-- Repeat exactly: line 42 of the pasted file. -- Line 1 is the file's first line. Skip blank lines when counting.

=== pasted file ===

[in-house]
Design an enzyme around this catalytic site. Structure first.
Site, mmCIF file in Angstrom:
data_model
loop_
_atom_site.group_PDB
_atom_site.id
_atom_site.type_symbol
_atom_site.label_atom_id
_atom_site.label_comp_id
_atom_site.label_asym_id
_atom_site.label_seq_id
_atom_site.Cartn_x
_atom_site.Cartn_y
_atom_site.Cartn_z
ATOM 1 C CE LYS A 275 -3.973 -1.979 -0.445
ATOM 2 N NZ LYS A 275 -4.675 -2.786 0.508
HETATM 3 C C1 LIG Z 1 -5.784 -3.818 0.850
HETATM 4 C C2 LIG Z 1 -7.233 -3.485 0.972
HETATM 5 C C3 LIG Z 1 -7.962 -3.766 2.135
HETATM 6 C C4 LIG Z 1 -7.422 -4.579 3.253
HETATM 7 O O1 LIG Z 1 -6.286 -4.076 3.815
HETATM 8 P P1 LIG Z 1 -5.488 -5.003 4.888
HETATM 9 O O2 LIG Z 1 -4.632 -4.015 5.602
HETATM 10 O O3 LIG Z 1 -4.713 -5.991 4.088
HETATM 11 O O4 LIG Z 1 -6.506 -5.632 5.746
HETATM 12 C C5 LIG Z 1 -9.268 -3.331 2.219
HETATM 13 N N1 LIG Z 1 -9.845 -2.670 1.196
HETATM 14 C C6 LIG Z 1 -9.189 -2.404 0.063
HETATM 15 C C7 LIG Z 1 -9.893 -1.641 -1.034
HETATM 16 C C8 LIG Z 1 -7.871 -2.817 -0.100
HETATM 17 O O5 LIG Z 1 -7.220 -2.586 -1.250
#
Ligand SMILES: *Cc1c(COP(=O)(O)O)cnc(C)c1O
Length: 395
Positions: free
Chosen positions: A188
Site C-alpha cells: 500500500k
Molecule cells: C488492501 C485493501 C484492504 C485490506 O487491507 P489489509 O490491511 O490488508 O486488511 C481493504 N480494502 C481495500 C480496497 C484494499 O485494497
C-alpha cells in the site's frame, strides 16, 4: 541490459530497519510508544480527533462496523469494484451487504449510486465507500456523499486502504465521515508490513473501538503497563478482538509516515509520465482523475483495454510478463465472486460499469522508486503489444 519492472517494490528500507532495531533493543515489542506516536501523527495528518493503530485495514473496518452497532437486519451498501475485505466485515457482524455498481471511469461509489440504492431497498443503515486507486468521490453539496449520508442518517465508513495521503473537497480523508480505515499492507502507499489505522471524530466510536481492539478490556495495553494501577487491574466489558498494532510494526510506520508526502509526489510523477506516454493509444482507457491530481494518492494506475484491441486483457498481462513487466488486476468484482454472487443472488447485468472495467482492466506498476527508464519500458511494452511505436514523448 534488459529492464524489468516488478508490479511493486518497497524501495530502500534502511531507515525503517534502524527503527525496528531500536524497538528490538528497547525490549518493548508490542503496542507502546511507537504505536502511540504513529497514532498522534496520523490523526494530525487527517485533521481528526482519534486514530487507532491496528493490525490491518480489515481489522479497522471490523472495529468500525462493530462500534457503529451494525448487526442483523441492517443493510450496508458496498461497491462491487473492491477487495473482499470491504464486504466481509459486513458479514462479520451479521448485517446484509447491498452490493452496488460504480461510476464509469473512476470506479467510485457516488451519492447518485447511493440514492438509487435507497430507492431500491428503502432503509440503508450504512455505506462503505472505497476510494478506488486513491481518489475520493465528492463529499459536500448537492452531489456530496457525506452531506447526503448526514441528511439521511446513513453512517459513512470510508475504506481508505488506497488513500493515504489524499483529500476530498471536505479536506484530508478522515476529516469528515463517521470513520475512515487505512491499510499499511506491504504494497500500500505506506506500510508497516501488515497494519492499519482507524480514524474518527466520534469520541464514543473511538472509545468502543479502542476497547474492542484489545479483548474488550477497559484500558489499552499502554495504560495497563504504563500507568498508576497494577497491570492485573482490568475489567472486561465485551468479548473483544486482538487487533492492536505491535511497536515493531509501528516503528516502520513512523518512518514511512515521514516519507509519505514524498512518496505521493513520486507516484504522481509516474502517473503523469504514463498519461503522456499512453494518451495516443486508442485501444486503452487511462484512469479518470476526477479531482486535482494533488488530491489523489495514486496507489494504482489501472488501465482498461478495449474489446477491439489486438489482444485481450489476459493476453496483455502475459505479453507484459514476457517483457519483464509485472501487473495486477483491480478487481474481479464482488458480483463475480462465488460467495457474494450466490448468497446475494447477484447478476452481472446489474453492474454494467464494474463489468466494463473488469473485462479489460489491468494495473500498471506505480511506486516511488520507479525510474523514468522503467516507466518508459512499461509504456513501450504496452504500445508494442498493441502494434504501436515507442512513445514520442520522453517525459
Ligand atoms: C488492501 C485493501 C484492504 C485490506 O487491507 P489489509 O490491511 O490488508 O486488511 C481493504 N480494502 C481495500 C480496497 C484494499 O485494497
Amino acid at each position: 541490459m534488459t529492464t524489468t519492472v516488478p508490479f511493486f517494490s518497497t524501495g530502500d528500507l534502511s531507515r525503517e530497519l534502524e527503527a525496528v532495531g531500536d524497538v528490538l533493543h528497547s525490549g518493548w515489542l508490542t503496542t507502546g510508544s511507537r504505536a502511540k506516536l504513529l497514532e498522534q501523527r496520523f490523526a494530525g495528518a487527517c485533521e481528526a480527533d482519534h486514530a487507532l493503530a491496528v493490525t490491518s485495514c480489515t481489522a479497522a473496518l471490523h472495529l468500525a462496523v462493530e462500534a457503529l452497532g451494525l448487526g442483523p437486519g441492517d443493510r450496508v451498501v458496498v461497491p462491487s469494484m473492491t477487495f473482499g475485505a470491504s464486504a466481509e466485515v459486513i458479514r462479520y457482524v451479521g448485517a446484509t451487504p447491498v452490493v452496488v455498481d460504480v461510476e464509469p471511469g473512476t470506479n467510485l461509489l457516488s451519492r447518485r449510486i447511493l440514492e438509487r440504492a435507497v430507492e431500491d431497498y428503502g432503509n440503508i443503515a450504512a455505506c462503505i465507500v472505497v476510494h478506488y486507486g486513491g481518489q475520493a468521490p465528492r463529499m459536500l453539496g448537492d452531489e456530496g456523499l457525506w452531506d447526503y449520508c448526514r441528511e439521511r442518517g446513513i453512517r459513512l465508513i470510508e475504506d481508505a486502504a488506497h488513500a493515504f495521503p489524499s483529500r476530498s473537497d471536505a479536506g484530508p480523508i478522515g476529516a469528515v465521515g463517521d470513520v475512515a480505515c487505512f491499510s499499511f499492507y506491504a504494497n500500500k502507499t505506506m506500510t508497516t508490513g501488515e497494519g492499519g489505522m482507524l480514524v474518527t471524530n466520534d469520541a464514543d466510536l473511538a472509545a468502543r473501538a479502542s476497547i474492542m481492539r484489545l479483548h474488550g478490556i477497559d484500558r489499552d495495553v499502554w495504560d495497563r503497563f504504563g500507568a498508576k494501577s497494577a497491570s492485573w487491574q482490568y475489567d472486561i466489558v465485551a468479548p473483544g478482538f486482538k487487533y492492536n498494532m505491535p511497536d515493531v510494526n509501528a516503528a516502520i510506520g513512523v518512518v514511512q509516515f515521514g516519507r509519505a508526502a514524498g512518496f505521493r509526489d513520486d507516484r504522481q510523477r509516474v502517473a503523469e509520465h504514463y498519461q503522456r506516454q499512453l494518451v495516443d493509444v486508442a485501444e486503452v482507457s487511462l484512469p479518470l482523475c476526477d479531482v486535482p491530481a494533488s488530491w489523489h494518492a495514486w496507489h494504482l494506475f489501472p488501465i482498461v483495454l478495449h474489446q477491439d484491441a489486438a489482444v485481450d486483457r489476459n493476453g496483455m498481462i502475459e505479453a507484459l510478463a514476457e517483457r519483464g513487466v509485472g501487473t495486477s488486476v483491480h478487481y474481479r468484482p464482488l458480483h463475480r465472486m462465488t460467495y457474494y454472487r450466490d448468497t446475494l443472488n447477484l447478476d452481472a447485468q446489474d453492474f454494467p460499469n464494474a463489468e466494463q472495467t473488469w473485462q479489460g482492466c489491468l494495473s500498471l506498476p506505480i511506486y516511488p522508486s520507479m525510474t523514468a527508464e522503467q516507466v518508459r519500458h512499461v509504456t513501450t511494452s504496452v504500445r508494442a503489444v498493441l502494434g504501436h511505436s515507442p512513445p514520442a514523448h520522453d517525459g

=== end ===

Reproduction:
Amino acid at each position: 541490459m534488459t529492464t524489468t519492472v516488478p508490479f511493486f517494490s518497497t524501495g530502500d528500507l534502511s531507515r525503517e530497519l534502524e527503527a525496528v532495531g531500536d524497538v528490538l533493543h528497547s525490549g518493548w515489542l508490542t503496542t507502546g510508544s511507537r504505536a502511540k506516536l504513529l497514532e498522534q501523527r496520523f490523526a494530525g495528518a487527517c485533521e481528526a480527533d482519534h486514530a487507532l493503530a491496528v493490525t490491518s485495514c480489515t481489522a479497522a473496518l471490523h472495529l468500525a462496523v462493530e462500534a457503529l452497532g451494525l448487526g442483523p437486519g441492517d443493510r450496508v451498501v458496498v461497491p462491487s469494484m473492491t477487495f473482499g475485505a470491504s464486504a466481509e466485515v459486513i458479514r462479520y457482524v451479521g448485517a446484509t451487504p447491498v452490493v452496488v455498481d460504480v461510476e464509469p471511469g473512476t470506479n467510485l461509489l457516488s451519492r447518485r449510486i447511493l440514492e438509487r440504492a435507497v430507492e431500491d431497498y428503502g432503509n440503508i443503515a450504512a455505506c462503505i465507500v472505497v476510494h478506488y486507486g486513491g481518489q475520493a468521490p465528492r463529499m459536500l453539496g448537492d452531489e456530496g456523499l457525506w452531506d447526503y449520508c448526514r441528511e439521511r442518517g446513513i453512517r459513512l465508513i470510508e475504506d481508505a486502504a488506497h488513500a493515504f495521503p489524499s483529500r476530498s473537497d471536505a479536506g484530508p480523508i478522515g476529516a469528515v465521515g463517521d470513520v475512515a480505515c487505512f491499510s499499511f499492507y506491504a504494497n500500500k502507499t505506506m506500510t508497516t508490513g501488515e497494519g492499519g489505522m482507524l480514524v474518527t471524530n466520534d469520541a464514543d466510536l473511538a472509545a468502543r473501538a479502542s476497547i474492542m481492539r484489545l479483548h474488550g478490556i477497559d484500558r489499552d495495553v499502554w495504560d495497563r503497563f504504563g500507568a498508576k494501577s497494577a497491570s492485573w487491574q482490568y475489567d472486561i466489558v465485551a468479548p473483544g478482538f486482538k487487533y492492536n498494532m505491535p511497536d515493531v510494526n509501528a516503528a516502520i510506520g513512523v518512518v514511512q509516515f515521514g516519507r509519505a508526502a514524498g512518496f505521493r509526489d513520486d507516484r504522481q510523477r509516474v502517473a503523469e509520465h504514463y498519461q503522456r506516454q499512453l494518451v495516443d493509444v486508442a485501444e486503452v482507457s487511462l484512469p479518470l482523475c476526477d479531482v486535482p491530481a494533488s488530491w489523489h494518492a495514486w496507489h494504482l494506475f489501472p488501465i482498461v483495454l478495449h474489446q477491439d484491441a489486438a489482444v485481450d486483457r489476459n493476453g496483455m498481462i502475459e505479453a507484459l510478463a514476457e517483457r519483464g513487466v509485472g501487473t495486477s488486476v483491480h478487481y474481479r468484482p464482488l458480483h463475480r465472486m462465488t460467495y457474494y454472487r450466490d448468497t446475494l443472488n447477484l447478476d452481472a447485468q446489474d453492474f454494467p460499469n464494474a463489468e466494463q472495467t473488469w473485462q479489460g482492466c489491468l494495473s500498471l506498476p506505480i511506486y516511488p522508486s520507479m525510474t523514468a527508464e522503467q516507466v518508459r519500458h512499461v509504456t513501450t511494452s504496452v504500445r508494442a503489444v498493441l502494434g504501436h511505436s515507442p512513445p514520442a514523448h520522453d517525459g